Before then, you can check out Jenni Jalonen's interviewing me for her ULTRA RUNNING COMMUNITY Run with Love, link below...

On a coastal multi-day Pilgrimage

This season, we will feature several running therapists and pilgrims on journeys of recovery, bringing to bare their unique capacity for self-transformation and gifts/insight they have to offer others!

Michael Wardian describes his journey of healing from an injury, and what slowing down during the pandemic has given him time for. He shares his philosophy towards healing, and why he supports the local (and virtual) Earth Day 5K put on by Little Sesame (in cooperation with planting new life by Casey's Trees) every year. Instagram: @mikewardian

Peter Maksimow is the ATRA Outreach Specialist, a mountain runner/skier/walker/hiker and part of the global PLOGGING movement to make a physical/mental effort to notice and respond to our earth while run/walking- by picking up trash and recycling! A former US Distance Trail Running Team silver medalist, he knows trails! He's also the founder of the intense PLOGGING group in the Northwest United States, and shares with us his own philosophy as a trail enthusiast and environmentalist, about the growth of this community. App for checking out companies/scan products to learn their eco-score and background: buycott.com/get Instagram: @petermaksimow  Some of his American Trail Running Assn. sustainability writing: https://trailrunner.com/trail-news/author/petermaksimow/

FLIPPING THE TABLES: I would also like to share this interview (link below) I did with RUN WITH LOVE, an ultra community podcast- which explains the practice of Walk/Running Logotherapy specifically and Running as Therapy in general. In it, I also discuss some of the basics of how walk/running helps with recovery from addictions, trauma and loss, as well as daily reprieve through habit formation (treating anxiety and depression). Building a community of support is key, and 1:1 or small group work with a therapist "moving together towards a common goal" could be a great path forward for many. 


Live Sessions with Community: Lastly, if you would like to build your community of practice with walk/run meditation and some live sessions offered weekly on Tues/Thursdays by me, and everyday by other great teachers, I invite you to join our Insight Timer community with the free App:  insighttimer.com/laneholbert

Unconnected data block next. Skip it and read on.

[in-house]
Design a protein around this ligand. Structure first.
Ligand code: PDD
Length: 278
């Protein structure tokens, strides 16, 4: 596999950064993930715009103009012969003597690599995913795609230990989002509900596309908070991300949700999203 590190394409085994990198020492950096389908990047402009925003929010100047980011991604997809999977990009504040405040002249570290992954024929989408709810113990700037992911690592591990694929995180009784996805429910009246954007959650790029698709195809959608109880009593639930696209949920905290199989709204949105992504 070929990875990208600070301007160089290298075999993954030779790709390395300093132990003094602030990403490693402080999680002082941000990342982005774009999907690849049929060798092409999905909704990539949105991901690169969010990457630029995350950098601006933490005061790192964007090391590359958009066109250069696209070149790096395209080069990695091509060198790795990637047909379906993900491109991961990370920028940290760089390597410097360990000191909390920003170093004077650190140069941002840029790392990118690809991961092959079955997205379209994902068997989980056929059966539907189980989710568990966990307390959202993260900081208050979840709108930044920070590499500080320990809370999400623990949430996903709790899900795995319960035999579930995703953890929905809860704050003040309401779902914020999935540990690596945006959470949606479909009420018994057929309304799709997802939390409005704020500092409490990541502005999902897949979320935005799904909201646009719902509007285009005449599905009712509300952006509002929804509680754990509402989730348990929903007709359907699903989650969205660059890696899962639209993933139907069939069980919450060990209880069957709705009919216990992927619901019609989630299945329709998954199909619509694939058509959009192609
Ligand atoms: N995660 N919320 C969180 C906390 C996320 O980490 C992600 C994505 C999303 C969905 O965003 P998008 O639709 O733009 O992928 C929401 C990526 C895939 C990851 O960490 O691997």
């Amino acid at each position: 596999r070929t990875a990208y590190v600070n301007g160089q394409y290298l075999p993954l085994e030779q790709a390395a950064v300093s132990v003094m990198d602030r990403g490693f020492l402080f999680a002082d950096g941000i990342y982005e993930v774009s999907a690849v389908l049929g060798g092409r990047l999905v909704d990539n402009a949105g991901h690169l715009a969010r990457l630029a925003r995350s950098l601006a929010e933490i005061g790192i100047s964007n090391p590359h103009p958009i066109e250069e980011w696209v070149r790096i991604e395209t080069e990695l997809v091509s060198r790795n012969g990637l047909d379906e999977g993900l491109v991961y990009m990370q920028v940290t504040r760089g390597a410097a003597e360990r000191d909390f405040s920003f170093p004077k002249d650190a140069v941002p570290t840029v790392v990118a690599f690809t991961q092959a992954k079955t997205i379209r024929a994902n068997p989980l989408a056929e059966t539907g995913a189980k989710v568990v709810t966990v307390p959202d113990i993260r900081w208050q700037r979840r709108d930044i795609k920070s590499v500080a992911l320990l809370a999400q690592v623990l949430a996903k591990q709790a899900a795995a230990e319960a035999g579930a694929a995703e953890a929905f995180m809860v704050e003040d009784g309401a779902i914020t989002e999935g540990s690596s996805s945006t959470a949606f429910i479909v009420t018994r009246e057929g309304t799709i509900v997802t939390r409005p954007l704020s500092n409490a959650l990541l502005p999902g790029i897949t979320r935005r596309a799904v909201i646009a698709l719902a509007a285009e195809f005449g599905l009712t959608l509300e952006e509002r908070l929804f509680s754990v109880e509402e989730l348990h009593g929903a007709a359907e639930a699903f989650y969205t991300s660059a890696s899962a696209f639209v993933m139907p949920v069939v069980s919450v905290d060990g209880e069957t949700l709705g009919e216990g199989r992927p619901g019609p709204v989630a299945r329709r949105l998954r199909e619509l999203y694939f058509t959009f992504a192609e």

"The Way" shell marker along the Camino de Santiago

Bob Shea's RECOVERY CAMINO website: www.recoverycamino.com

Sunday, January 17, 2021

Episode 54: Life According to Grandma, featuring Jan Dennis

 Episode 54 is available on most podcast apps, including Google, Spotify, Anchor and Apple...

3 Generations: G-ma (Jan Dennis), her daughter Paula and granddaughter (my sister) Kelsey

This episode is all about G-ma, our family nickname for my late grandmother, Jan Dennis. The interview featured here took place over a year ago, and I actually spoke with her several times about her life stories and running to make it- with many bloopers throughout the process (on me). I remember as a teenager I oohed and ahhed over the crates full of race t-shirts she had accumulated, forming a colorful patchwork of training years and adventures with friends and family over the years. Each t-shirt had a story, which she could recall at a moment's notice, and probably tell you the youth and adult contenders and their stories too! Many of those years in her adult life were marked by training for and traveling to races, and then cheering for the next generation at cross country and track meets. She adopted all of us and encouraged/followed us as if we were her own children, even married-to grandchildren like myself. In this interview, we also discuss what it was like to grow up on a farm and memories of the great depression, and a bit about being a woman in sports and college life shortly after WWII.